I Almost Became A Victim Of Human Trafficking At The Sochi Olympics


With my hairbrush as my microphone and the front porch as my stage, I started performing variety shows for my childhood dog from the moment I could talk. There was no fighting it; I was one of the many little girls who dreamed of growing up and becoming a star.

As I went through life, I added NFL Cheerleader, TV host, Writer, Reporter, and Radio Personality to my resume. Recently, however, the price of fame may have nearly cost me my life, when a man fabricated a broadcasting contract with a major network in order to get me and another media personality to Russia for the Sochi Olympics.

Now I’m not referring to the stuff you see on “Celebrity Rehab,” nor the haters, the gossip or the “nature of the beast.” But I’m referring to the con men who prey on women’s dreams and pose as Hollywood professionals to put women in dangerous situations — such as human trafficking. Had it not been for our instincts that led to an investigation, the only TV show we’d have ended up on would’ve been Nancy Grace.

To keep those involved in this situation anonymous for a pending case, I will merely explain the scenario. A man claiming to be a talent acquisition agent booking correspondents to cover the Sochi Olympics approached me via my website back in September. Given my background in sports broadcasting hosting a nationally syndicated motorsports show and working on sports talk radio, it made sense he was recruiting me.

Before even meeting with him about it, I did my research. He had a website displaying his credentials and his Twitter validated his connection with the industry, including interactions with celebrities and other professionals, and someone I worked with even validated his work history.

Meanwhile, he was very professional and extremely knowledgeable in conversation. He seemed as legitimate as anyone I’ve ever worked with.

After going through a lengthy application process of sending reel upon reel of my work and jumping through hoops to audition, I was told I was chosen by a production company in LA who works with the network to be their live event emcee/beat reporter, along with another credible sportscaster in the Charlotte area.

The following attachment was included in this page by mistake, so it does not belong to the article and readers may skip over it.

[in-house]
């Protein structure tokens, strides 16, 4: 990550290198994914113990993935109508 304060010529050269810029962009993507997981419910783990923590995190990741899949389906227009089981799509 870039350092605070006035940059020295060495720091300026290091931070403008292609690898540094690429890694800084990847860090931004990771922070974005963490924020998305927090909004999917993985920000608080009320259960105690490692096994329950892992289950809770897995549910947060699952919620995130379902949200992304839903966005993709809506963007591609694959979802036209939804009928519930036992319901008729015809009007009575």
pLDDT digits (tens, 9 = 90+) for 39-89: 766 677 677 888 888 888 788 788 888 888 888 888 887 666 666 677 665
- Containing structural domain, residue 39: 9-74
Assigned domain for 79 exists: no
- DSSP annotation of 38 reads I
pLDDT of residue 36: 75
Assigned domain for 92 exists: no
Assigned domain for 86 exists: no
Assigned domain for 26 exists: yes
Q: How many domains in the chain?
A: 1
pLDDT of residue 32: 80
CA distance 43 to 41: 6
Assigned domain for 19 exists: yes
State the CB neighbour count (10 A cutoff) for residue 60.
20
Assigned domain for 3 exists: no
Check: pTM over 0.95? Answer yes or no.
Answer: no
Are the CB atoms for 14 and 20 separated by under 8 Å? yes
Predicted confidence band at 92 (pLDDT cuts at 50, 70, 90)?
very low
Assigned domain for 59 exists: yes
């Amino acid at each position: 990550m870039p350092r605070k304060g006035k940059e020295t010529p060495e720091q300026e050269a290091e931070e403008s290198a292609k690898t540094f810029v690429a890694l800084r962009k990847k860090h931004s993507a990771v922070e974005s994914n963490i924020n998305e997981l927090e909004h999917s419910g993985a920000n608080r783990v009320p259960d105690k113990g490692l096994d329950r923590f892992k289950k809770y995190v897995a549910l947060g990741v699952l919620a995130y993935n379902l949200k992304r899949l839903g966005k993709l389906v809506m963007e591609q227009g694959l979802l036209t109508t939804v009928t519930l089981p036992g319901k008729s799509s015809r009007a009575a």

I again did my research and it all checked out. So I filled out a work visa, signed a non-disclosure agreement upon receiving a preliminary contract with my salary, and even got a round-trip flight itinerary. And in turn I rearranged my whole life so I could take off for a month to chase a dream.

Then, two weeks before we were slated to depart for Russia, this “Talent Acquisitions Agent” said he needed to expand his host team and asked if I could get some more of my girlfriends in the industry to come to Sochi. I made some suggestions, then his “assistant” (who we later discovered through an IP search was really him) sent me the link to print out a hard copy of a visa application for a girl to fill out and give to him.

I spent four months applying and interviewing and he’s sending my friend a work visa without even seeing her work? Now, my friend is really talented, but wanting her passport and social security number before her reel just seemed fishy to me.

So I reached out to the other broadcaster slated to go to Russia and we assessed that our instincts were telling us the same thing. So we started to investigate deeper, proving my theory that the FBI should contract suspicious women to do their detective work on men.